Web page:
Cybersecurity

NSA warns Russian hackers exploited email flaw

Russian cyberattacks 

Russian hackers have compromised a longstanding vulnerability in a widely used email delivery software program since at least August of last year, according to an advisory from the National Security Agency.

The flaw is serious, and allows what NSA characterizes as "pretty much any attacker’s dream access." It allows hackers to turn off network security, add privileged users and enable remote connections and subsequent penetrations.

A Russian military intelligence team called Sandworm is responsible, NSA says, for leveraging a flaw in the Exim Mail Transfer Agent software – a program in very wide use by email administrators. An estimate from last October indicated that Exim was in use in almost 500,000 email servers worldwide, and was by far the most widely used software of its type. NSA notes that Exim is the default software on some Linux-based email systems.

The vulnerability was introduced in a June 2019 update, NSA says, and was remediated in the most recent version of the software. Exim has been publicly urging users to update even before NSA revealed the exploitation of the flaw. NSA is urging administrators to conduct checks for prior exploitation on their networks and by looking for unauthorized accounts or remote access authorizations.

Sandworm, an element of Russia's GRU, has been blamed for the devastating NotPetya cyberattack that crippled the systems of global shipping firm Maersk and cost global firms upward of $1 billion in mitigation and recovery costs. Sandworm has also been linked to efforts to compromise the mobile operating system Android and attempts to target the U.S. electrical grid.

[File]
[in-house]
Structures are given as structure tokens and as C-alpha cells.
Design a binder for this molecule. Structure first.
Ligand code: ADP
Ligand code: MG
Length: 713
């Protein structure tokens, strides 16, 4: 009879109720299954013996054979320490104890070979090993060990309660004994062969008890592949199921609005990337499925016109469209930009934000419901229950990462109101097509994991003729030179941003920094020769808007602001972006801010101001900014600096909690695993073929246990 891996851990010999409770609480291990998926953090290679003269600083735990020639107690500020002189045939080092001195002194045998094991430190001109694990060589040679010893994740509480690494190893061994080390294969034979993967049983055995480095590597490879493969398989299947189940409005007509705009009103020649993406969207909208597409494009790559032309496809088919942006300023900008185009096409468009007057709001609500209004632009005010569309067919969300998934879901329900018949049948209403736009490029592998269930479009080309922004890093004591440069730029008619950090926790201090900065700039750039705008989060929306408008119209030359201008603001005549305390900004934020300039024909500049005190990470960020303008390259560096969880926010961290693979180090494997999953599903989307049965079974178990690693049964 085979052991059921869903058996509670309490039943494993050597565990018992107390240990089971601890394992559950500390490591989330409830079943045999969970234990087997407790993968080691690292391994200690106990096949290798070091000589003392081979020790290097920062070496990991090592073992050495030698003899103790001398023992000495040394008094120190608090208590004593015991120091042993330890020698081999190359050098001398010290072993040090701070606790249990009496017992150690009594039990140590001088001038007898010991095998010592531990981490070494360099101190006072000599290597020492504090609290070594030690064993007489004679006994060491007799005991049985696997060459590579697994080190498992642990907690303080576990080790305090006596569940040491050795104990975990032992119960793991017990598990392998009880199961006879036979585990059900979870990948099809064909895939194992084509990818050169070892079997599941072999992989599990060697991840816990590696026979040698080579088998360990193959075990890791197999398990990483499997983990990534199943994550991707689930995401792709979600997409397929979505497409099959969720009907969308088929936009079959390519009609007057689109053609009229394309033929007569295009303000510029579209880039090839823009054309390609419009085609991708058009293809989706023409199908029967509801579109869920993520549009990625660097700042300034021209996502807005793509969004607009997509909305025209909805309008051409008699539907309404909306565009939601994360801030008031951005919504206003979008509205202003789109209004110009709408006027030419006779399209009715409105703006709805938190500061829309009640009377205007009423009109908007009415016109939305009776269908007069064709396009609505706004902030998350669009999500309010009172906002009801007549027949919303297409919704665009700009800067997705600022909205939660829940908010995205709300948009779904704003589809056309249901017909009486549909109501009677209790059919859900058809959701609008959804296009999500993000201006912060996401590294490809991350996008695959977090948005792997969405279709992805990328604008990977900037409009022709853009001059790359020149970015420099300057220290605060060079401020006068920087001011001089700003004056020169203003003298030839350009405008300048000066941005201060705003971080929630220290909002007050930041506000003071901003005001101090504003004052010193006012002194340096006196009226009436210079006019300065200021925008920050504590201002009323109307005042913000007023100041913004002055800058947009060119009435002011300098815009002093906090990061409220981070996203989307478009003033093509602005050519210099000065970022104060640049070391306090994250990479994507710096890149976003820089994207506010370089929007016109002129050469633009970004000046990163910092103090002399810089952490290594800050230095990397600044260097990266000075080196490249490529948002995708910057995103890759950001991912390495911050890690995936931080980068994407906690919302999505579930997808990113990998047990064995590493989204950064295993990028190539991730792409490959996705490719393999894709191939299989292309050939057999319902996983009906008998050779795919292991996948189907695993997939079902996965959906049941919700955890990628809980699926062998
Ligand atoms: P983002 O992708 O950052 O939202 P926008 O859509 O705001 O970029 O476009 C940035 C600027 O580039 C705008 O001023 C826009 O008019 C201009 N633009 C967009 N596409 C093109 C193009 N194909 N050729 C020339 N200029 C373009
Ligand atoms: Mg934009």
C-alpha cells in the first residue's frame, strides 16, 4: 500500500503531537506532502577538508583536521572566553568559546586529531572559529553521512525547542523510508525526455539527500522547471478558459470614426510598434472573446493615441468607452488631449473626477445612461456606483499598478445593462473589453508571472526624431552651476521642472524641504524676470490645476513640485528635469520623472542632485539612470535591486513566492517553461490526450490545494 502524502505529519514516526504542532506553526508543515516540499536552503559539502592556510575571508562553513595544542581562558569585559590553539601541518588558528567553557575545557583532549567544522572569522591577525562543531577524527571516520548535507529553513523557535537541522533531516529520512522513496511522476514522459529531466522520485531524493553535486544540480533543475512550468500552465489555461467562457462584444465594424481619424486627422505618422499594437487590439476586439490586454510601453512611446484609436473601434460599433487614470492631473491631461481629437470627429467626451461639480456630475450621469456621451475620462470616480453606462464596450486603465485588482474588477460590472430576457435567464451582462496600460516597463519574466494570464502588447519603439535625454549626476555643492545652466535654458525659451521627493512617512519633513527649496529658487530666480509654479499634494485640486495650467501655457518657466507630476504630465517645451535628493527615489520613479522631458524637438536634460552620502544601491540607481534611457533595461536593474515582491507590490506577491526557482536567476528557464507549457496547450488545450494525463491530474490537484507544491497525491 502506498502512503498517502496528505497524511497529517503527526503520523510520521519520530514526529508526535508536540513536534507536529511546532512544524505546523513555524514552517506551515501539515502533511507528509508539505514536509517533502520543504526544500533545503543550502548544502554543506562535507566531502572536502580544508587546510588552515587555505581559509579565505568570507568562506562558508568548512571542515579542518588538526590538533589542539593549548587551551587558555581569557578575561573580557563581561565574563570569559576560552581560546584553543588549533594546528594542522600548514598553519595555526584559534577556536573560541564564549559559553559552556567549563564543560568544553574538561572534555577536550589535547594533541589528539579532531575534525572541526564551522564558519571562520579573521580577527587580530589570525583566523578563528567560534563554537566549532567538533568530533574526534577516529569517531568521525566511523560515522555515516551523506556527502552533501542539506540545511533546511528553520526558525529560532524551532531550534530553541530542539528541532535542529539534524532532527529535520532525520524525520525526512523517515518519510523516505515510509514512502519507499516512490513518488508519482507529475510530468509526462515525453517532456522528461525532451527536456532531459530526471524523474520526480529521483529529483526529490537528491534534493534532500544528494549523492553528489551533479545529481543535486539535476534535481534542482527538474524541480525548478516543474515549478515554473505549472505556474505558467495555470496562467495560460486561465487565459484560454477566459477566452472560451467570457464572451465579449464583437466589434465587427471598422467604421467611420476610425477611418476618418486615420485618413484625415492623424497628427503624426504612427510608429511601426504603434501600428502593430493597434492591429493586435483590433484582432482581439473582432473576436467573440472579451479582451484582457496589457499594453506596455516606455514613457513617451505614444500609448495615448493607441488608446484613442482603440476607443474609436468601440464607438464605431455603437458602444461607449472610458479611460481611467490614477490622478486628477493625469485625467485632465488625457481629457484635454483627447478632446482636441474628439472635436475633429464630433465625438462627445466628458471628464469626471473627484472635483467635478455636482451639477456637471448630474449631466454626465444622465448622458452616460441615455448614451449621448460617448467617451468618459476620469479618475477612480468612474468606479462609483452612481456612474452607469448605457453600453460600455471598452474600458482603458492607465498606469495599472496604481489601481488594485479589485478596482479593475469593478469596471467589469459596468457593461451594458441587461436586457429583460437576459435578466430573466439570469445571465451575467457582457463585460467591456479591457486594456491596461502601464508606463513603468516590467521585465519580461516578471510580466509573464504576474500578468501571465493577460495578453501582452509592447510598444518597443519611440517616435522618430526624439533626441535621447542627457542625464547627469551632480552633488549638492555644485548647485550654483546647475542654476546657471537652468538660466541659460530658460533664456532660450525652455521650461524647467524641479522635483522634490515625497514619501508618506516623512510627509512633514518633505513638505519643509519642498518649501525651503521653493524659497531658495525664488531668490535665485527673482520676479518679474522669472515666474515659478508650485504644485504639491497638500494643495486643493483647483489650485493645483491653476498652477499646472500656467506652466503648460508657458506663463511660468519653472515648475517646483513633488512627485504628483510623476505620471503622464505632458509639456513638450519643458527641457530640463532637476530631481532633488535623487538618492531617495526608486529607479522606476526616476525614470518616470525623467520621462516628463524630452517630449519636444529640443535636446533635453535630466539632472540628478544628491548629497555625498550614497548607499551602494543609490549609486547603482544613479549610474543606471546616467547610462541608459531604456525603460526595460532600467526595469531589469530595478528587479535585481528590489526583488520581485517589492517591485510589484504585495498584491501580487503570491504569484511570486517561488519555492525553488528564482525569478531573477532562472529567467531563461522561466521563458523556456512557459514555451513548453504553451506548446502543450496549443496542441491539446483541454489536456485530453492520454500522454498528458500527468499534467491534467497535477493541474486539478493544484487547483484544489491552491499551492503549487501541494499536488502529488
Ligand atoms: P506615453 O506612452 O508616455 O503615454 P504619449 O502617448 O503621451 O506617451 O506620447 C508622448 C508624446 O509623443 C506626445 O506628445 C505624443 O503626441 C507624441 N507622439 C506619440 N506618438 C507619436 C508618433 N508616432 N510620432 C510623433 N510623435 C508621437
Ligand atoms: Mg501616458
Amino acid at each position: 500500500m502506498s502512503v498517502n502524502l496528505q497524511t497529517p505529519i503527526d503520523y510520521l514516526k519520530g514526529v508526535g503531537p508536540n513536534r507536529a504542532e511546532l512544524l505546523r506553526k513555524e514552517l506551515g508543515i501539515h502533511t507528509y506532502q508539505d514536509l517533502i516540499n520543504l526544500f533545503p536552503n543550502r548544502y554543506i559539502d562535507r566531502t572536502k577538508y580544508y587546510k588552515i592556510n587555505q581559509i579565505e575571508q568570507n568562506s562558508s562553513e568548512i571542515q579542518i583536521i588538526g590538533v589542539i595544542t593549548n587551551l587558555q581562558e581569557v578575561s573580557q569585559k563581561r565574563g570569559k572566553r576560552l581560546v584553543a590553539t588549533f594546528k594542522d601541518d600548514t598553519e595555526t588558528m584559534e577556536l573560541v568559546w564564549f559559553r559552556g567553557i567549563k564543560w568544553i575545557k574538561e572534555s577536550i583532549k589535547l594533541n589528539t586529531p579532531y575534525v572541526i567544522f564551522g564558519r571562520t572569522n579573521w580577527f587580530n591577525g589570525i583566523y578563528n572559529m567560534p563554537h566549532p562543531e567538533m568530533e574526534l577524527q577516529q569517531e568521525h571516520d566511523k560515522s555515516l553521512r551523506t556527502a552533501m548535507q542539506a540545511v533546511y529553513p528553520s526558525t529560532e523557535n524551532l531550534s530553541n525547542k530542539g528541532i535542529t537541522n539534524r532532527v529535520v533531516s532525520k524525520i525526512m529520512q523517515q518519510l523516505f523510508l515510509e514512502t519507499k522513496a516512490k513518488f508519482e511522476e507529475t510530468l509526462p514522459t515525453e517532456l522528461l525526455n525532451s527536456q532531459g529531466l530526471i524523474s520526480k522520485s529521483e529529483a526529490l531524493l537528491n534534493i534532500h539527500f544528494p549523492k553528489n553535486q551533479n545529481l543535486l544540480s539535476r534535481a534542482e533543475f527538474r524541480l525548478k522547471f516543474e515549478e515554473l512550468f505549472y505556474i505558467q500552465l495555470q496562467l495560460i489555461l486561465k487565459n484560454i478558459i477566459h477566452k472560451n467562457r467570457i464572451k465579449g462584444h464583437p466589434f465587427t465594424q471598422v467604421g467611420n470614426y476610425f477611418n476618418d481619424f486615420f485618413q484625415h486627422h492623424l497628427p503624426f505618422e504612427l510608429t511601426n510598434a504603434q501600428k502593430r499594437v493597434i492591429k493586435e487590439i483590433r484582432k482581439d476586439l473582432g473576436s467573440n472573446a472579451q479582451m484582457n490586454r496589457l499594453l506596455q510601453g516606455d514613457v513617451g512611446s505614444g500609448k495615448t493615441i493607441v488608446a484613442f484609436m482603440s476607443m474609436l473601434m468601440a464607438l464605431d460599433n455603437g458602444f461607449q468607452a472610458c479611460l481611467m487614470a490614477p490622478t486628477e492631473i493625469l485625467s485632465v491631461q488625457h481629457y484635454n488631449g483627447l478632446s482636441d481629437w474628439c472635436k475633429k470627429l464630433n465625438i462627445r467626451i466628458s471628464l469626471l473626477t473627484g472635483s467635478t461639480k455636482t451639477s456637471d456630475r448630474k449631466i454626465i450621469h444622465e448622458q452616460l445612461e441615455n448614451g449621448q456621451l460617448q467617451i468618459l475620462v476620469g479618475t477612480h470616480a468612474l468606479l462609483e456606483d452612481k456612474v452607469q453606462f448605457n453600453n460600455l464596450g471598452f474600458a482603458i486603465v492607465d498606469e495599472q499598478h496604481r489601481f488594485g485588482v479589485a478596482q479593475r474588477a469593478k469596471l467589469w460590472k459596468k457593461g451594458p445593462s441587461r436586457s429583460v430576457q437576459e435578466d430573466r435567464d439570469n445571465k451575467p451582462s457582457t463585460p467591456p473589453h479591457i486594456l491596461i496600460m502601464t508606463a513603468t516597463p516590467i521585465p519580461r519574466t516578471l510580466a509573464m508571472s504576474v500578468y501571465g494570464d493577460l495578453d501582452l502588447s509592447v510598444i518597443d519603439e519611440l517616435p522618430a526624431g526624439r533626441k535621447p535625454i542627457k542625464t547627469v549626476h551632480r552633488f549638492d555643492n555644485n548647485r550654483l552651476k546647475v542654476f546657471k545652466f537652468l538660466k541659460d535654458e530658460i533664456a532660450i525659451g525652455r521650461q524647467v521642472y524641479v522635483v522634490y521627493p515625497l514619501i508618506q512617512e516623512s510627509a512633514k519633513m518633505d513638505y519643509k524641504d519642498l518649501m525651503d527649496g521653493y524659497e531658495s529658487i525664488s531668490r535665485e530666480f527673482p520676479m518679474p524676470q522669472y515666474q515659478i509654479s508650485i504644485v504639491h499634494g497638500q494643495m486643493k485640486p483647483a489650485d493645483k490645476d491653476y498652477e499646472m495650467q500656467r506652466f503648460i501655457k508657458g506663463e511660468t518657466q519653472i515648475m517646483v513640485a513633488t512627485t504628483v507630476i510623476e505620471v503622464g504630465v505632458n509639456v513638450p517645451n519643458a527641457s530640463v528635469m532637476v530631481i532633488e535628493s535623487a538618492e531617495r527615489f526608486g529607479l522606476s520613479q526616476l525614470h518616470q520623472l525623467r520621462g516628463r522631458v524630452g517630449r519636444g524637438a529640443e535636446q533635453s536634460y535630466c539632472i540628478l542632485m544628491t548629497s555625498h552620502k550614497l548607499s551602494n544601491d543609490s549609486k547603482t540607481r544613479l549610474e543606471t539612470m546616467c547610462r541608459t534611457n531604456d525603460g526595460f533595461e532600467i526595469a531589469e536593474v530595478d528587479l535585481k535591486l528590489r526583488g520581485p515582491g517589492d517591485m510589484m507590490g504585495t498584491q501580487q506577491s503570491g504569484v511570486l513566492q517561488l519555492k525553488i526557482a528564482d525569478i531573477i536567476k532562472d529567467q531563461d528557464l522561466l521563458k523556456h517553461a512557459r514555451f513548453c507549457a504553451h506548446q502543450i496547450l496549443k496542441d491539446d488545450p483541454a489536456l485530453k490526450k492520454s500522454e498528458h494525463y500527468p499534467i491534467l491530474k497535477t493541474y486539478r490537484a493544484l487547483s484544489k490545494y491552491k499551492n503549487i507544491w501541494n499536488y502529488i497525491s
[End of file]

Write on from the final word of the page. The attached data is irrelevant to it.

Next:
The group was also called out in a Feb. 20 statement by the Department of State for a cyberattack that disrupted government websites and broadcast television in the Republic of Georgia.

"This action contradicts Russia's attempts to claim it is a responsible actor in cyberspace and demonstrates a continuing pattern of reckless Russian GRU cyber operations against a number of countries," Secretary of State Mike Pompeo said at the time.

About the Author

Adam Mazmanian is executive editor of FCW.

Before joining the editing team, Mazmanian was an FCW staff writer covering Congress, government-wide technology policy and the Department of Veterans Affairs. Prior to joining FCW, Mazmanian was technology correspondent for National Journal and served in a variety of editorial roles at B2B news service SmartBrief. Mazmanian has contributed reviews and articles to the Washington Post, the Washington City Paper, Newsday, New York Press, Architect Magazine and other publications.

Click here for previous articles by Mazmanian. Connect with him on Twitter at @thisismaz.


Featured

  • Workforce
    By Mark Van Scyoc Royalty-free stock photo ID: 285175268

    OPM nominee plans focus on telework, IT, retirement

    Kiran Ahuja, a veteran of the Office of Personnel Management, told lawmakers that she thinks that the lack of consistent leadership in the top position at OPM has taken a toll on the ability of the agency to complete longer term IT modernization projects.

  • Defense
    Soldiers from the Old Guard test the second iteration of the Integrated Visual Augmentation System (IVAS) capability set during an exercise at Fort Belvoir, VA in Fall 2019. Photo by Courtney Bacon

    IVAS and the future of defense acquisition

    The Army’s Integrated Visual Augmentation System has been in the works for years, but the potentially multibillion deal could mark a paradigm shift in how the Defense Department buys and leverages technology.

Stay Connected